Working with a Toile to Develop the Jumpsuit and New Dresses

On a cool Spring day in May, I travelled to Fashionworks’ offices in Moorgate, to work on some new garments in my collection: the jumpsuit, the shift dress and the swing dress. We would be working with a toile to develop the jumpsuit and the other designs, and this was my first experience of working with professional dressmakers in this way. 

Katy Cordina, the director of Fashionworks London, and Janet Rodney, director of the boutique factory in Nottingham where my garments were to be made, would be taking me through the process of the toile fitting. I was curious and excited to understand more about how my designs would become finished pieces. In the space of a few short months, we’d taken the ideas in my head to the stage where these designs would soon be out in the world. 

The toile is an initial mock-up of your garment 

Toile is from the French word meaning “linen cloth” or “canvas”.  It’s modern usage entered the English language in the 12th Century. In the United States, a toile is referred to as a “muslin”, after the unbleached cotton fabric used to make them. 

The process of making a toile provides an opportunity to ensure accurate measurements for fitting the garment to the body. Without this stage in garment development, many important aspects of wearability and appearance could be overlooked. 

It is important to make sure the fabric is on grain, so there isn’t any distortion when the pattern is cut. It is also imperative to choose the correct fabric weight. The toile fabric should behave and drape like the fashion fabric. The use of light colours is recommended because they are easy to mark up with dressmaker’s chalk and coloured pins.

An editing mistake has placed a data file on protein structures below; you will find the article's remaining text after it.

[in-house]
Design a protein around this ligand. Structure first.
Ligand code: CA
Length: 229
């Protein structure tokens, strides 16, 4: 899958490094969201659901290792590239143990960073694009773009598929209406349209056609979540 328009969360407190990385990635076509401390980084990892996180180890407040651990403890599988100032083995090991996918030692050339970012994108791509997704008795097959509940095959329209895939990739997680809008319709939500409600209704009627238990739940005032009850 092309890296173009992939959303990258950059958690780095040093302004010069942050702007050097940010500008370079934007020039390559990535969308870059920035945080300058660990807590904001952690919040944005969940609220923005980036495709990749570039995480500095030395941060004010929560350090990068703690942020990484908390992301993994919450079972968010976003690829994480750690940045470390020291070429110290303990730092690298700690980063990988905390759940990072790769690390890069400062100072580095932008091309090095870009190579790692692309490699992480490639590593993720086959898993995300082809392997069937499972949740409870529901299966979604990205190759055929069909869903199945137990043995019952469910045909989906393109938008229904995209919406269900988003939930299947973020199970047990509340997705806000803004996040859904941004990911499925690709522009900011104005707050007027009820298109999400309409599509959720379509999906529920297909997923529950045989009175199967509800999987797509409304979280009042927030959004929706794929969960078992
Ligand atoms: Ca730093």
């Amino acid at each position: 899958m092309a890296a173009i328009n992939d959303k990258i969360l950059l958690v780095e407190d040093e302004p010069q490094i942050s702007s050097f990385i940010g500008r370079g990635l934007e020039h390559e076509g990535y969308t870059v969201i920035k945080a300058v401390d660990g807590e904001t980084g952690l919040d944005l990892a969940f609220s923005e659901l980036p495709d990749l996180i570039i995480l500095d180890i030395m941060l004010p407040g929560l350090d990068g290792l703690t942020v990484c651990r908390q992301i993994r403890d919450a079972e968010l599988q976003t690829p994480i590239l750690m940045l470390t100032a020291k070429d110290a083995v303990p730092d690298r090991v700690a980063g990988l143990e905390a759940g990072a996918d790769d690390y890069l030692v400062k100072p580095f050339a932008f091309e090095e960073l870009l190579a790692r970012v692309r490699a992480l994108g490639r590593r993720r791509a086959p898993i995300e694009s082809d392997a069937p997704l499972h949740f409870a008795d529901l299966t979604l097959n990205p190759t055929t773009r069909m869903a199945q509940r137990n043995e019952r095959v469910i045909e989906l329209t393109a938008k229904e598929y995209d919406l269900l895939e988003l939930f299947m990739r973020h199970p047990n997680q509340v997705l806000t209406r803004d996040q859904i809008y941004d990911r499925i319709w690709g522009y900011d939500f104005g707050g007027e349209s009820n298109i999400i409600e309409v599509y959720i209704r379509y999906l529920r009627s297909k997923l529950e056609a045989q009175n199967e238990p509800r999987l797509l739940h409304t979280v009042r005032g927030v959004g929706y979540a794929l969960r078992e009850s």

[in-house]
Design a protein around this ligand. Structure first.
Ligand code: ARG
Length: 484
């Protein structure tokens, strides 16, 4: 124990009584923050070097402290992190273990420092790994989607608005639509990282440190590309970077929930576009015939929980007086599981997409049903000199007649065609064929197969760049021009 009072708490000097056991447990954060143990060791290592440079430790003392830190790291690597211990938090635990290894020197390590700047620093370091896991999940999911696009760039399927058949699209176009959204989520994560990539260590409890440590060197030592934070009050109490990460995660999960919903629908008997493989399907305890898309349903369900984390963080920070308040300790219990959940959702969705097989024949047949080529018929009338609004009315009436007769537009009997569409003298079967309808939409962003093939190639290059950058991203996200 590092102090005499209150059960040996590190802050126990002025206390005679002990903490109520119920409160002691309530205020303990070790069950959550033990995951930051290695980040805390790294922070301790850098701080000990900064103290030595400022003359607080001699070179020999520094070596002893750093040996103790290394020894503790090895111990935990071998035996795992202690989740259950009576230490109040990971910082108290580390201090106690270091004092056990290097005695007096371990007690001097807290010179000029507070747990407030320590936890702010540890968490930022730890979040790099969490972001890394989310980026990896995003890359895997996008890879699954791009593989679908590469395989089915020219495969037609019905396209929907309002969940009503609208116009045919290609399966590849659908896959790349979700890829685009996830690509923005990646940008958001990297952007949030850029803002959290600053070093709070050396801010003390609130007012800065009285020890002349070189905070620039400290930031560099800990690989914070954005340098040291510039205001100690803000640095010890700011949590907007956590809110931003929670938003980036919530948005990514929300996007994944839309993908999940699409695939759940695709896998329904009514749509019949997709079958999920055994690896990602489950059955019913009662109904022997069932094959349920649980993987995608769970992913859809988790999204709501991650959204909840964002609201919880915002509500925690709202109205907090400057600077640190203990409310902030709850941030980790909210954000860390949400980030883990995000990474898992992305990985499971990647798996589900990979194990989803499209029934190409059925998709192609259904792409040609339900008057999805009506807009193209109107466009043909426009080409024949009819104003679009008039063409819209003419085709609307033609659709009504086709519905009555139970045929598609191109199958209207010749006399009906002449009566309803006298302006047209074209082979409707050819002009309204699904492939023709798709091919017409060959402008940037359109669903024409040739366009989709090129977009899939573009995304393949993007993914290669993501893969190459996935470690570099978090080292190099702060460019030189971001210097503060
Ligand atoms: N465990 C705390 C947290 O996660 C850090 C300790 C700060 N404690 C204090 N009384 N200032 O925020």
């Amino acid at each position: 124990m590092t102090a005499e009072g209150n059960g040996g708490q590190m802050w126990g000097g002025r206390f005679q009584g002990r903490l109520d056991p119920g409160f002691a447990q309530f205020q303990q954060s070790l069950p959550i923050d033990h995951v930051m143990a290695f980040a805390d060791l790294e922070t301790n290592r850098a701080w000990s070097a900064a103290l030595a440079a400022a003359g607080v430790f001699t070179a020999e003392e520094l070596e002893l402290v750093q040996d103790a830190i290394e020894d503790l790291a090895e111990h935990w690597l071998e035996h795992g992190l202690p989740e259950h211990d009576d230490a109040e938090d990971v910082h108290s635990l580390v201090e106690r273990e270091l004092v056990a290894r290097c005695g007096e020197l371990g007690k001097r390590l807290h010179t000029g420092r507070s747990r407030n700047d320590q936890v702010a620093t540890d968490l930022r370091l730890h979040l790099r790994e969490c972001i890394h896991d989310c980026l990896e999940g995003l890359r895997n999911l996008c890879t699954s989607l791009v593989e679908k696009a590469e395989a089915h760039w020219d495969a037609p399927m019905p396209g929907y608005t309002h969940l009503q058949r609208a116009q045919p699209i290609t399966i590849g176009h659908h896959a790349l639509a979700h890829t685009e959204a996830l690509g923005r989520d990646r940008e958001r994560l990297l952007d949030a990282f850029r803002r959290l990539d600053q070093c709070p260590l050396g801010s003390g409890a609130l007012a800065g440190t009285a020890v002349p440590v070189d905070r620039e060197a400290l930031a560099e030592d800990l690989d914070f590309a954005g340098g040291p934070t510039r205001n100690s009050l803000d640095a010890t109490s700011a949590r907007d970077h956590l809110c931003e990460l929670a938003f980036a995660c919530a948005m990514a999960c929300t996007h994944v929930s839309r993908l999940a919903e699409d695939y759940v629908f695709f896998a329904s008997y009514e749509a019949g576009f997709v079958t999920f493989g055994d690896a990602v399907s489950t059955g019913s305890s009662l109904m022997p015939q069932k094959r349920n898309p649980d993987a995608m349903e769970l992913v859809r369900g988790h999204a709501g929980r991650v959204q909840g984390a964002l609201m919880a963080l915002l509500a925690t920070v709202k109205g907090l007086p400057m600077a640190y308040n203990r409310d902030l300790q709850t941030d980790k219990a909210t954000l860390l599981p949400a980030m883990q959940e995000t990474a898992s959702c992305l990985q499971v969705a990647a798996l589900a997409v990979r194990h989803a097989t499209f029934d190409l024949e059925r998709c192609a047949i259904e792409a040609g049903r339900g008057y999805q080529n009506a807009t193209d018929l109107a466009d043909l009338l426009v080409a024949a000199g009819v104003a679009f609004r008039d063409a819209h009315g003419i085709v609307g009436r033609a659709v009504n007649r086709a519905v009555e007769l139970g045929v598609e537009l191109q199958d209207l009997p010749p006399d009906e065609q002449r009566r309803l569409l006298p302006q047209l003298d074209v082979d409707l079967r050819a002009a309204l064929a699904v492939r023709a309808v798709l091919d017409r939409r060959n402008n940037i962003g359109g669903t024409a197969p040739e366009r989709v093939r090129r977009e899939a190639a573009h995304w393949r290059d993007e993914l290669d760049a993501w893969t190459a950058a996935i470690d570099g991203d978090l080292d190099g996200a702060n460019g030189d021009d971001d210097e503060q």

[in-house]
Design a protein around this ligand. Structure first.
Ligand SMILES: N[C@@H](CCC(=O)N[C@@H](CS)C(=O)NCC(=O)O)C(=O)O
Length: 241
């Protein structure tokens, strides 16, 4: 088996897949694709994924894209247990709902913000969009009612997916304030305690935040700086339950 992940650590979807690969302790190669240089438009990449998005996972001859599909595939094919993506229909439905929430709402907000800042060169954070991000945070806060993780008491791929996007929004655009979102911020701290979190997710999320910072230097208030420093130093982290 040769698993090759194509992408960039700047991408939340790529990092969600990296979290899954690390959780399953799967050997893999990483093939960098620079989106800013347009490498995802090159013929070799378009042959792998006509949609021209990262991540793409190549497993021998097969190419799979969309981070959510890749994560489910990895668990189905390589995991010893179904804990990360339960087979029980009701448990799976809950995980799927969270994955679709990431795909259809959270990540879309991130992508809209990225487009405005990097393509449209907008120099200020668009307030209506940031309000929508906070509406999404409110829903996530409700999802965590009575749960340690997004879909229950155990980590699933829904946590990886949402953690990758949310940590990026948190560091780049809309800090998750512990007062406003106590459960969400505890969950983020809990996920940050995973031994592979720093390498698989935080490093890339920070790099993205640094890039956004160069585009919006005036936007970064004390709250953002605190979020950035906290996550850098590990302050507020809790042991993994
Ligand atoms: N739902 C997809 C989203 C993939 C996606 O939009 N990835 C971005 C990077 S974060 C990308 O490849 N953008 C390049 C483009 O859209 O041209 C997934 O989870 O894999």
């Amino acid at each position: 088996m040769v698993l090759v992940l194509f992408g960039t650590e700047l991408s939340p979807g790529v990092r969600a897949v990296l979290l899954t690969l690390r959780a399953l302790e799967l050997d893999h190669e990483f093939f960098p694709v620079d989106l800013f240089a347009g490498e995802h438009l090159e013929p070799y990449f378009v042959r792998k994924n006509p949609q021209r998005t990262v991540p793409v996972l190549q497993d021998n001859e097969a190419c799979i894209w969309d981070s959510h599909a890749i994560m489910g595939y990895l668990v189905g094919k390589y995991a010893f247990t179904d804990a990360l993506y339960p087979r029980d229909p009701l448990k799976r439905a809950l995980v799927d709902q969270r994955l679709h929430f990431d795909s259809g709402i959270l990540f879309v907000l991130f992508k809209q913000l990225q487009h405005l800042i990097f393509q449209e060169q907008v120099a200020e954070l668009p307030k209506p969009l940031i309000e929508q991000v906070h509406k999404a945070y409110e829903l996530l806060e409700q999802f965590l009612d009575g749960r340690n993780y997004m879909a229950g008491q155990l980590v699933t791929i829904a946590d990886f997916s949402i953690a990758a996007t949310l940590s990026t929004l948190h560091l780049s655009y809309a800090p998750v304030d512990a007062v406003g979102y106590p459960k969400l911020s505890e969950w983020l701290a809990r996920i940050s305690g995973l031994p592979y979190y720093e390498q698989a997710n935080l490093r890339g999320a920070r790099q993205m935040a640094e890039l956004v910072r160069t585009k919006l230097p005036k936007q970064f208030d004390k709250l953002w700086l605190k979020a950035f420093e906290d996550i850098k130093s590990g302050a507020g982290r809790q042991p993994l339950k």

So why bother working with a toile?

  • sizing helps, but you still need to fit the garment
  • you can afford to make mistakes in calico/muslin
  • precious fashion fabric remains intact until a fit is perfected
  • extremely useful in complex projects without having the fear that you would ruin expensive fabric
  • you can experiment with design ideas directly on the inexpensive fabrics 
  • it cuts down the sewing time to a minimum

A well-fitted toile is invaluable for manufacture

You can re-use it, adding or removing design elements, making subtle changes here and there. Karl Lagerfeld explained the value of making a  toile like this,

“If you use the real fabric right away you may not get a good fit. It’s risky, so it’s better to work from a basic structure or pattern that’s discarded when the dress is cut. The toile gives you the proportions and an idea of the finished product, so you can avoid making mistakes.” 

As someone relatively new to design and garment manufacture, I’d suggest to other newbies to take advantage of the great opportunities offered by working with experienced designers and their manufacturers. Don’t be nervous about working with a toile as it really helps you to see how your design becomes a fully-realised garment. 

In the photographs, you can see how we worked with the initial mock-up of the jumpsuit to make some noticeable alterations to it. I felt the full-length sleeves and legs needed to be cropped as this looked more in line with my other Magi Rose garments (like the Bagi) and would be better suited to the design of the fabric I had already chosen for this piece. 

Katy and Janet were impressive to watch, as they worked with great skill and efficiency. They could discern a required effect and mark it up or pin the fabric in exactly the right place where the adjustments would need to be made, and seemed to do so with speed. 

At the end of the day, I felt very satisfied with the outcome of our work on these pieces and filled with hopeful anticipation to be able to soon add them to the growing Magi Rose collection. 

Tra

Magi